M. It was asked if Silverleaf was going to pay some type of Food Assessment since Silverleaf timeshare owners benefit by having the restaurant. Having the restaurant is a "reason" to want to come to HLR for vacation; therefore, Silverleaf should be willing to help pay off the loan of the building and help keep the restaurant operational. Silverleaf can advertise HLR as a resort that has "fine dining." The answer given was that SL does not pay assessments. However, it is possible to request Silverleaf to pay some type of Food Assessment per unit. The points given are valid and they will be discussed with Silverleaf at the meeting next week.
N. John Livingston came up and discussed some of the remodeling taking place at the 19th Hole. New carpeting and tiling in some areas. A new bar section was added. Screens were purchased to divide the Fore Seasons area for special functions. The old 19th Hole kitchen has been taken out so there is one kitchen to better serve the customers. An area has been set up for draft beer. They hope to use the Hall for catering events as well. John said that what is going to bring people into the restaurant is quality food and quality service. The food credit is taken off of your bill and hopefully you will give the restaurant a chance to prove it can provide good food and good service. The first week of February is when they hope to open. John said he has been at HLR since 1994 and he is very familiar with the back and forth about "wanting the restaurant and not wanting the restaurant by some." Again, he asked that all come up and give them a chance to deliver. Melissa mentioned some of the recipes and dishes she will be serving at the restaurant. They are working on a menu that will include "heart health" foods. A lot of the classic dishes you have always liked will still be there. You may not have liked the way they were cooked or the length of time it took to get the food out to you. "That will stop." Melissa is pretty meticulous about the delivery of food. They will have "specials" to help bring in customers. Melissa is beginning a training program with staff this week. A mock "dinner" trial of serving customers will occur one night before the regular opening to see if the servers, cooks, and staff are ready.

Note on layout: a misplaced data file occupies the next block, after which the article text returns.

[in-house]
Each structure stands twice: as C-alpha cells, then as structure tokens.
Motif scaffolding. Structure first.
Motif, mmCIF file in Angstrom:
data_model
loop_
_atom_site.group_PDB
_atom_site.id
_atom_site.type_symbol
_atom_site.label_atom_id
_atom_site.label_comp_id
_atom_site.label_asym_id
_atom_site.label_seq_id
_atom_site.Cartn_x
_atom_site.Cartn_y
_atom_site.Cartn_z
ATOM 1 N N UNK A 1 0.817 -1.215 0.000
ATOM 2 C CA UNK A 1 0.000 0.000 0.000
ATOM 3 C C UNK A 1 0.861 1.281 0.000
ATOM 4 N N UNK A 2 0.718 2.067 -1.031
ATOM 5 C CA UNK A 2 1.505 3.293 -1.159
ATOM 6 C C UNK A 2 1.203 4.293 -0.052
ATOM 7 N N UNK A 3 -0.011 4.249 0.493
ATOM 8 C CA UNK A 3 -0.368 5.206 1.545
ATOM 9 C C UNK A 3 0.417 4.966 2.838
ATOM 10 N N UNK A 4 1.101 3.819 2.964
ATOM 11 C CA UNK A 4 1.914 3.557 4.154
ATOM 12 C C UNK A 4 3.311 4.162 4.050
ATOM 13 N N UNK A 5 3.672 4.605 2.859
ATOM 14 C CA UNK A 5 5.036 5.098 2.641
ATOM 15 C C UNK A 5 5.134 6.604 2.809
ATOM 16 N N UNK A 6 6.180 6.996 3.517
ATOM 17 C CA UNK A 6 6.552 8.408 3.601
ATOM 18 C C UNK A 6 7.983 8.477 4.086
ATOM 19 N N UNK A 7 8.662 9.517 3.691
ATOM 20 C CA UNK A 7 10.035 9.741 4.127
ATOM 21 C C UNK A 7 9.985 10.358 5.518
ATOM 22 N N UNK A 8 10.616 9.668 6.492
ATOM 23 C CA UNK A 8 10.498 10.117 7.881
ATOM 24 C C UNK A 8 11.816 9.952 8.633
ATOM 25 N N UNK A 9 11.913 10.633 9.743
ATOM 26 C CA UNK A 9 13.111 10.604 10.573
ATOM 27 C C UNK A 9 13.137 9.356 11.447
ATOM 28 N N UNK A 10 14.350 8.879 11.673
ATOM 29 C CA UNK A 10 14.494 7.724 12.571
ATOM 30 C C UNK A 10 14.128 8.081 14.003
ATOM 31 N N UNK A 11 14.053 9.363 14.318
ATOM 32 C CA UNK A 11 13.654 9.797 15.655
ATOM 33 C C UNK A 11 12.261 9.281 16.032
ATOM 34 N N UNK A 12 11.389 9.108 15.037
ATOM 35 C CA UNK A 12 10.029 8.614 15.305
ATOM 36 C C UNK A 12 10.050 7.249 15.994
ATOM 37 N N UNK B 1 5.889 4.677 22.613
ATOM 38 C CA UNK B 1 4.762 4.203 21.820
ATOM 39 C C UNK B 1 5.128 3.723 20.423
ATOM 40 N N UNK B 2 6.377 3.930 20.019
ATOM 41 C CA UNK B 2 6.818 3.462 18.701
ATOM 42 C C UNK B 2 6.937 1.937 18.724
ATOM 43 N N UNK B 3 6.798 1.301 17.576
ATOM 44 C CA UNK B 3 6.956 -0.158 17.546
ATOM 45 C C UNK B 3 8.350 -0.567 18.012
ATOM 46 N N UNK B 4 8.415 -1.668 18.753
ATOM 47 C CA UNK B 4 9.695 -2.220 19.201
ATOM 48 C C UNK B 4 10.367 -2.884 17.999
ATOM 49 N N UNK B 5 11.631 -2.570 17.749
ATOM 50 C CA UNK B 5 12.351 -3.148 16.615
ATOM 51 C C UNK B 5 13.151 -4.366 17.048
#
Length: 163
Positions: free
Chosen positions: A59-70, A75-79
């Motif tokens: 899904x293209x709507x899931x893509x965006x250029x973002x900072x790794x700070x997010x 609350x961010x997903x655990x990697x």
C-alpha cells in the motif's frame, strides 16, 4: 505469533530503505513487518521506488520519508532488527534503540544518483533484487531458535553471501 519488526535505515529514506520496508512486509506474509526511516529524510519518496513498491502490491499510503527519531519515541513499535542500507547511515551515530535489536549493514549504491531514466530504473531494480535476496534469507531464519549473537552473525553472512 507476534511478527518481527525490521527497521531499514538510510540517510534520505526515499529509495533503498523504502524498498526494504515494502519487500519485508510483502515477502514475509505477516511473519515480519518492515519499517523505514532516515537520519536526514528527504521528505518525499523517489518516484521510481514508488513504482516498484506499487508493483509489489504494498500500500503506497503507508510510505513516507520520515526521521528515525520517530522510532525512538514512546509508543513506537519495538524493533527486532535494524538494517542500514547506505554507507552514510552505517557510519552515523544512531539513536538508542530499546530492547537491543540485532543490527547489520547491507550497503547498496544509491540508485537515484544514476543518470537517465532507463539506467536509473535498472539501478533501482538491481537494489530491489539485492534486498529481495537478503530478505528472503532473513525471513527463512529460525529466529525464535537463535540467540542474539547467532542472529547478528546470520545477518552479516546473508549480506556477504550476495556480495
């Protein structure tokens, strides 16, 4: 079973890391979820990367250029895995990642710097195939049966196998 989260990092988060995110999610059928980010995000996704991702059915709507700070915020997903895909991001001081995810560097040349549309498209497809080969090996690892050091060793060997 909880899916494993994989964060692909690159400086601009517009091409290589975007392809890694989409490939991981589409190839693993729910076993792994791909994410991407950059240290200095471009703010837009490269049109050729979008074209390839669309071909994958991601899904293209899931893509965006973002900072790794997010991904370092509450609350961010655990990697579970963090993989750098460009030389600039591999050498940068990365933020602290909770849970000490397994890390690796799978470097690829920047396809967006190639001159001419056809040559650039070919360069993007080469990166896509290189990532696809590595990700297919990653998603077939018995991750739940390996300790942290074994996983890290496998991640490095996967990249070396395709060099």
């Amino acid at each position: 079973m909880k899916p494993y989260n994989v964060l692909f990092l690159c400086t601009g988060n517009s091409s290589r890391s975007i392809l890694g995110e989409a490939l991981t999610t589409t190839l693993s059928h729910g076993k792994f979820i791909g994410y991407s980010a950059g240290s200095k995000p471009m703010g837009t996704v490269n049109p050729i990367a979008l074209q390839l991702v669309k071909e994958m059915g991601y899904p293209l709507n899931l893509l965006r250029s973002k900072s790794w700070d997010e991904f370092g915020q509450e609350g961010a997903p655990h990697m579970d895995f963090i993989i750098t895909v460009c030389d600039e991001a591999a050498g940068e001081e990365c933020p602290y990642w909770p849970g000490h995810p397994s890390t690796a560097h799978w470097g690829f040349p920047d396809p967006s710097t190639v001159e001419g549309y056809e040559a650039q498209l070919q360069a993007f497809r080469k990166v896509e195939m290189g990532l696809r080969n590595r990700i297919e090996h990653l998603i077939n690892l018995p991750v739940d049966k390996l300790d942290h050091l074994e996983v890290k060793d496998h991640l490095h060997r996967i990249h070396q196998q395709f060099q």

IV. Outside Membership. One thing we are considering based on the Survey on the Restaurant is outside membership. People expressed an interest in having outside members in order to help the restaurant be successful and remain open. Based on that data, the GM and B Board have had several discussions on the implementation of such a program. It would be a controlled situation and the details of how it would operate are under study. If you have some input on this issue, you may e-mail or write a letter to the Board. (Note: These discussions will include the Security staff. Some of the restrictions being considered are: The membership would be for the restaurant only and it would be for a limited time, say one year. An identification card would be shown to the Security guard. Due to time, only these restrictions are presented here by the Admin office and the B Board; however, the safety of the property owners is always an integral part of the decision making process.)